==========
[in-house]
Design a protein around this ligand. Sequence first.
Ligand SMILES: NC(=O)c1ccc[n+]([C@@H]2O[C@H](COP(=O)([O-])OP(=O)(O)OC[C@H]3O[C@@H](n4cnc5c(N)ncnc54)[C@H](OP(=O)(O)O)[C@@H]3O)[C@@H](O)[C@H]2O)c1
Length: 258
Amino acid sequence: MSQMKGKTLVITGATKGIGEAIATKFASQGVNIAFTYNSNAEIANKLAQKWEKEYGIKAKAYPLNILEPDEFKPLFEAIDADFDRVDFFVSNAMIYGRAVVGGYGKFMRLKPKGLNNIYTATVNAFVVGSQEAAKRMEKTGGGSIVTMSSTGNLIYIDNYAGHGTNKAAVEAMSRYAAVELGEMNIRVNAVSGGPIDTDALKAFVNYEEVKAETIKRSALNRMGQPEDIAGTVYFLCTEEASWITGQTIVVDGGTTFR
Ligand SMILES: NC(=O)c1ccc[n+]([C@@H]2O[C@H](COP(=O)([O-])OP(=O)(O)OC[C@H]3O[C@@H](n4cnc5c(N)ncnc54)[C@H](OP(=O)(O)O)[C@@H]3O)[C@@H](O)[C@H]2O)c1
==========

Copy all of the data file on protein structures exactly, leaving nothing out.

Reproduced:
[in-house]
Design a protein around this ligand. Sequence first.
Ligand SMILES: NC(=O)c1ccc[n+]([C@@H]2O[C@H](COP(=O)([O-])OP(=O)(O)OC[C@H]3O[C@@H](n4cnc5c(N)ncnc54)[C@H](OP(=O)(O)O)[C@@H]3O)[C@@H](O)[C@H]2O)c1
Length: 258
Amino acid sequence: MSQMKGKTLVITGATKGIGEAIATKFASQGVNIAFTYNSNAEIANKLAQKWEKEYGIKAKAYPLNILEPDEFKPLFEAIDADFDRVDFFVSNAMIYGRAVVGGYGKFMRLKPKGLNNIYTATVNAFVVGSQEAAKRMEKTGGGSIVTMSSTGNLIYIDNYAGHGTNKAAVEAMSRYAAVELGEMNIRVNAVSGGPIDTDALKAFVNYEEVKAETIKRSALNRMGQPEDIAGTVYFLCTEEASWITGQTIVVDGGTTFR
Ligand SMILES: NC(=O)c1ccc[n+]([C@@H]2O[C@H](COP(=O)([O-])OP(=O)(O)OC[C@H]3O[C@@H](n4cnc5c(N)ncnc54)[C@H](OP(=O)(O)O)[C@@H]3O)[C@@H](O)[C@H]2O)c1